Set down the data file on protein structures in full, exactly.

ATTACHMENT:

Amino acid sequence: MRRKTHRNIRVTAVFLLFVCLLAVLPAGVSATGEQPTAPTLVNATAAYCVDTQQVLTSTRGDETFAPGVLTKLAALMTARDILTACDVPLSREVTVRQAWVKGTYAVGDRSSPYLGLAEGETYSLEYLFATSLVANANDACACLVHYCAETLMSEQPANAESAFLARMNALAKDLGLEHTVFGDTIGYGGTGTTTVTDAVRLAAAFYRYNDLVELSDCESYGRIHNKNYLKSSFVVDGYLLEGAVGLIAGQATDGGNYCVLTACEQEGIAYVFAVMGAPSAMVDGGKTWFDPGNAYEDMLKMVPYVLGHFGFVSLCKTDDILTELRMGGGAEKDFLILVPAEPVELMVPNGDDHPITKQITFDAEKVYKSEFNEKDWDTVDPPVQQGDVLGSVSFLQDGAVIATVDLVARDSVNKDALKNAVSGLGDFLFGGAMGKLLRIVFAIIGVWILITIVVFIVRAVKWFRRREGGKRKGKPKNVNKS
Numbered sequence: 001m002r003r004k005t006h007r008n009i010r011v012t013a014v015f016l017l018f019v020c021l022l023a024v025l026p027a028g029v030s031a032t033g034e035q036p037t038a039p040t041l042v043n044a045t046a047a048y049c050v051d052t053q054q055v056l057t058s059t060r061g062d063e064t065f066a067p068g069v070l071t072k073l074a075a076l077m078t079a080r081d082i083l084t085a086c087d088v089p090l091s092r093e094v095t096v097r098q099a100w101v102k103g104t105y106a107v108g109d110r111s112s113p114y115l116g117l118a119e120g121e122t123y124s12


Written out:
Amino acid sequence: MRRKTHRNIRVTAVFLLFVCLLAVLPAGVSATGEQPTAPTLVNATAAYCVDTQQVLTSTRGDETFAPGVLTKLAALMTARDILTACDVPLSREVTVRQAWVKGTYAVGDRSSPYLGLAEGETYSLEYLFATSLVANANDACACLVHYCAETLMSEQPANAESAFLARMNALAKDLGLEHTVFGDTIGYGGTGTTTVTDAVRLAAAFYRYNDLVELSDCESYGRIHNKNYLKSSFVVDGYLLEGAVGLIAGQATDGGNYCVLTACEQEGIAYVFAVMGAPSAMVDGGKTWFDPGNAYEDMLKMVPYVLGHFGFVSLCKTDDILTELRMGGGAEKDFLILVPAEPVELMVPNGDDHPITKQITFDAEKVYKSEFNEKDWDTVDPPVQQGDVLGSVSFLQDGAVIATVDLVARDSVNKDALKNAVSGLGDFLFGGAMGKLLRIVFAIIGVWILITIVVFIVRAVKWFRRREGGKRKGKPKNVNKS
Numbered sequence: 001m002r003r004k005t006h007r008n009i010r011v012t013a014v015f016l017l018f019v020c021l022l023a024v025l026p027a028g029v030s031a032t033g034e035q036p037t038a039p040t041l042v043n044a045t046a047a048y049c050v051d052t053q054q055v056l057t058s059t060r061g062d063e064t065f066a067p068g069v070l071t072k073l074a075a076l077m078t079a080r081d082i083l084t085a086c087d088v089p090l091s092r093e094v095t096v097r098q099a100w101v102k103g104t105y106a107v108g109d110r111s112s113p114y115l116g117l118a119e120g121e122t123y124s12